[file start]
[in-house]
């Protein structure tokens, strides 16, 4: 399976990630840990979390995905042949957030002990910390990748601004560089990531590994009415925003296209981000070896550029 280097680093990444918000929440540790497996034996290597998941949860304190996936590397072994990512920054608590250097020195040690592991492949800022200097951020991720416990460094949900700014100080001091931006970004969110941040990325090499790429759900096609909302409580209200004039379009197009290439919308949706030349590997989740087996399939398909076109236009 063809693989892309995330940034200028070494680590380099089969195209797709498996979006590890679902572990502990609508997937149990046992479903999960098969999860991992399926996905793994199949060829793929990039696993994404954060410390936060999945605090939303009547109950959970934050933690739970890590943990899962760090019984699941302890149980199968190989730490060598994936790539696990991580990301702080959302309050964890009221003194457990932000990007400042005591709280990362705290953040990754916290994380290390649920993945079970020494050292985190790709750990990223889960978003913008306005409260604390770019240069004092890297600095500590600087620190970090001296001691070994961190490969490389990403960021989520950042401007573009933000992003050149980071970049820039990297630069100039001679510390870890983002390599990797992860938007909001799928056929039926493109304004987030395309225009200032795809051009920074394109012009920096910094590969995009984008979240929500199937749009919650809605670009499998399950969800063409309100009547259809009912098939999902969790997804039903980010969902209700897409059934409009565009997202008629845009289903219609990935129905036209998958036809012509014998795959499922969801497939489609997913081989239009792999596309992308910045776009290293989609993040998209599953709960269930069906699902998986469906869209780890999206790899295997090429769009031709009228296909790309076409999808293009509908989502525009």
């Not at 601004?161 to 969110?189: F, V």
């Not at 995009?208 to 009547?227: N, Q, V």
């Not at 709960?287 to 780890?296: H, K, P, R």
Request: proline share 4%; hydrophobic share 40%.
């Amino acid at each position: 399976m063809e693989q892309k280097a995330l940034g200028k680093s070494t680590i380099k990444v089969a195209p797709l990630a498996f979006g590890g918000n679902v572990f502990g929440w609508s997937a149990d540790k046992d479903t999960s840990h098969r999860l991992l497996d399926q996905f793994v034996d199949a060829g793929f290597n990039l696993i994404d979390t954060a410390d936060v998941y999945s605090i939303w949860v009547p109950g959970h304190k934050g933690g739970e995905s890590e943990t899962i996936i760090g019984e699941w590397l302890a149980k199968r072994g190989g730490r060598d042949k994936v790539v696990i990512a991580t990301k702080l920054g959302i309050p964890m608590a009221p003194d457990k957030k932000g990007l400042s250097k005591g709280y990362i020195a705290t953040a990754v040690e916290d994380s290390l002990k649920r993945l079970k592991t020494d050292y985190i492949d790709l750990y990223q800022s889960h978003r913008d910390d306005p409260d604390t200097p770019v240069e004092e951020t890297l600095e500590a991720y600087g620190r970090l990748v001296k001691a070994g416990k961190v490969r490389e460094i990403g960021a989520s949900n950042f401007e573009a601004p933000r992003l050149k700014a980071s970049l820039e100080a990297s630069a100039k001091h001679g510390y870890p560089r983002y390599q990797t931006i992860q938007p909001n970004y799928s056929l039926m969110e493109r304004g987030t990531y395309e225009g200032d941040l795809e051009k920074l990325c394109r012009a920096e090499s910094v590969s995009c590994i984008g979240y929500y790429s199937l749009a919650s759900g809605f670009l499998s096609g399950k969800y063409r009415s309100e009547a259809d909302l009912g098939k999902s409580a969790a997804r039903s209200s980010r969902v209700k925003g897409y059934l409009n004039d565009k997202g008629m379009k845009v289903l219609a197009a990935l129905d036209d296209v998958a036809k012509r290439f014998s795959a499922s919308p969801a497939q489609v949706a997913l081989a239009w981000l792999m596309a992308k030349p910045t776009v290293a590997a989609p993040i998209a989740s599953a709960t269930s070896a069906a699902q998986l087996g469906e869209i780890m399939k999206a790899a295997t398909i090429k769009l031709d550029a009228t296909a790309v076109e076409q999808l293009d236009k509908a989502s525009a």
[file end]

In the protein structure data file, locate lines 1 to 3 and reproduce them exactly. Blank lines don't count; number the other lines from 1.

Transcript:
[in-house]
């Protein structure tokens, strides 16, 4: 399976990630840990979390995905042949957030002990910390990748601004560089990531590994009415925003296209981000070896550029 280097680093990444918000929440540790497996034996290597998941949860304190996936590397072994990512920054608590250097020195040690592991492949800022200097951020991720416990460094949900700014100080001091931006970004969110941040990325090499790429759900096609909302409580209200004039379009197009290439919308949706030349590997989740087996399939398909076109236009 063809693989892309995330940034200028070494680590380099089969195209797709498996979006590890679902572990502990609508997937149990046992479903999960098969999860991992399926996905793994199949060829793929990039696993994404954060410390936060999945605090939303009547109950959970934050933690739970890590943990899962760090019984699941302890149980199968190989730490060598994936790539696990991580990301702080959302309050964890009221003194457990932000990007400042005591709280990362705290953040990754916290994380290390649920993945079970020494050292985190790709750990990223889960978003913008306005409260604390770019240069004092890297600095500590600087620190970090001296001691070994961190490969490389990403960021989520950042401007573009933000992003050149980071970049820039990297630069100039001679510390870890983002390599990797992860938007909001799928056929039926493109304004987030395309225009200032795809051009920074394109012009920096910094590969995009984008979240929500199937749009919650809605670009499998399950969800063409309100009547259809009912098939999902969790997804039903980010969902209700897409059934409009565009997202008629845009289903219609990935129905036209998958036809012509014998795959499922969801497939489609997913081989239009792999596309992308910045776009290293989609993040998209599953709960269930069906699902998986469906869209780890999206790899295997090429769009031709009228296909790309076409999808293009509908989502525009």
């Not at 601004?161 to 969110?189: F, V």